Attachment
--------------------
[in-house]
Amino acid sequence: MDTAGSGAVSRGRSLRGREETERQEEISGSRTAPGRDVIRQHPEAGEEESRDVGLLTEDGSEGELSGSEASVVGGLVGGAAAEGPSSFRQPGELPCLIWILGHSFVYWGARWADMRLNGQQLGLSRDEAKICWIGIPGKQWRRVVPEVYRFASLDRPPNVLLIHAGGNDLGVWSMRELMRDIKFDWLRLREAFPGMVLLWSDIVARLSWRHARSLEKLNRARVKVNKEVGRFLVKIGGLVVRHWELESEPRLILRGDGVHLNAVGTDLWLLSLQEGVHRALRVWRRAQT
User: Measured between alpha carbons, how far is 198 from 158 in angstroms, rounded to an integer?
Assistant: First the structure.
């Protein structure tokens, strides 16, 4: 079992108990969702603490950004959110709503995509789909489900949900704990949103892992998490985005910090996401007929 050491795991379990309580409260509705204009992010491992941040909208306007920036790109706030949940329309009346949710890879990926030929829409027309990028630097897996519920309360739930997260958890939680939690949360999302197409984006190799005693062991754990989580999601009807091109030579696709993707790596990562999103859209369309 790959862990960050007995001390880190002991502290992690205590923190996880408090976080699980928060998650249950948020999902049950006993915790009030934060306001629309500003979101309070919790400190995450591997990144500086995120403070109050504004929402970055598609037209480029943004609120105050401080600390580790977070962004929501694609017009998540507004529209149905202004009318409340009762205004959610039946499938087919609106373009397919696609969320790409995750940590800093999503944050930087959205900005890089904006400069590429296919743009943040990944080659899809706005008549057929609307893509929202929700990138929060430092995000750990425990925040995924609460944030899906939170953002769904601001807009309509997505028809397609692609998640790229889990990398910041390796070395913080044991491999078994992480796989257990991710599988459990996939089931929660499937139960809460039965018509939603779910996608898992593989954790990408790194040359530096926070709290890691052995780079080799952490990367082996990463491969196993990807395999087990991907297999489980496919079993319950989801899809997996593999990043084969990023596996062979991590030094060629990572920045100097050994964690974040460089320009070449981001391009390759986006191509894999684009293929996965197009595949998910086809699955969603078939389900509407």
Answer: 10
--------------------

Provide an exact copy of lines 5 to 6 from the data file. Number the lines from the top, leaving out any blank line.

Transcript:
């Protein structure tokens, strides 16, 4: 079992108990969702603490950004959110709503995509789909489900949900704990949103892992998490985005910090996401007929 050491795991379990309580409260509705204009992010491992941040909208306007920036790109706030949940329309009346949710890879990926030929829409027309990028630097897996519920309360739930997260958890939680939690949360999302197409984006190799005693062991754990989580999601009807091109030579696709993707790596990562999103859209369309 790959862990960050007995001390880190002991502290992690205590923190996880408090976080699980928060998650249950948020999902049950006993915790009030934060306001629309500003979101309070919790400190995450591997990144500086995120403070109050504004929402970055598609037209480029943004609120105050401080600390580790977070962004929501694609017009998540507004529209149905202004009318409340009762205004959610039946499938087919609106373009397919696609969320790409995750940590800093999503944050930087959205900005890089904006400069590429296919743009943040990944080659899809706005008549057929609307893509929202929700990138929060430092995000750990425990925040995924609460944030899906939170953002769904601001807009309509997505028809397609692609998640790229889990990398910041390796070395913080044991491999078994992480796989257990991710599988459990996939089931929660499937139960809460039965018509939603779910996608898992593989954790990408790194040359530096926070709290890691052995780079080799952490990367082996990463491969196993990807395999087990991907297999489980496919079993319950989801899809997996593999990043084969990023596996062979991590030094060629990572920045100097050994964690974040460089320009070449981001391009390759986006191509894999684009293929996965197009595949998910086809699955969603078939389900509407």
Answer: 10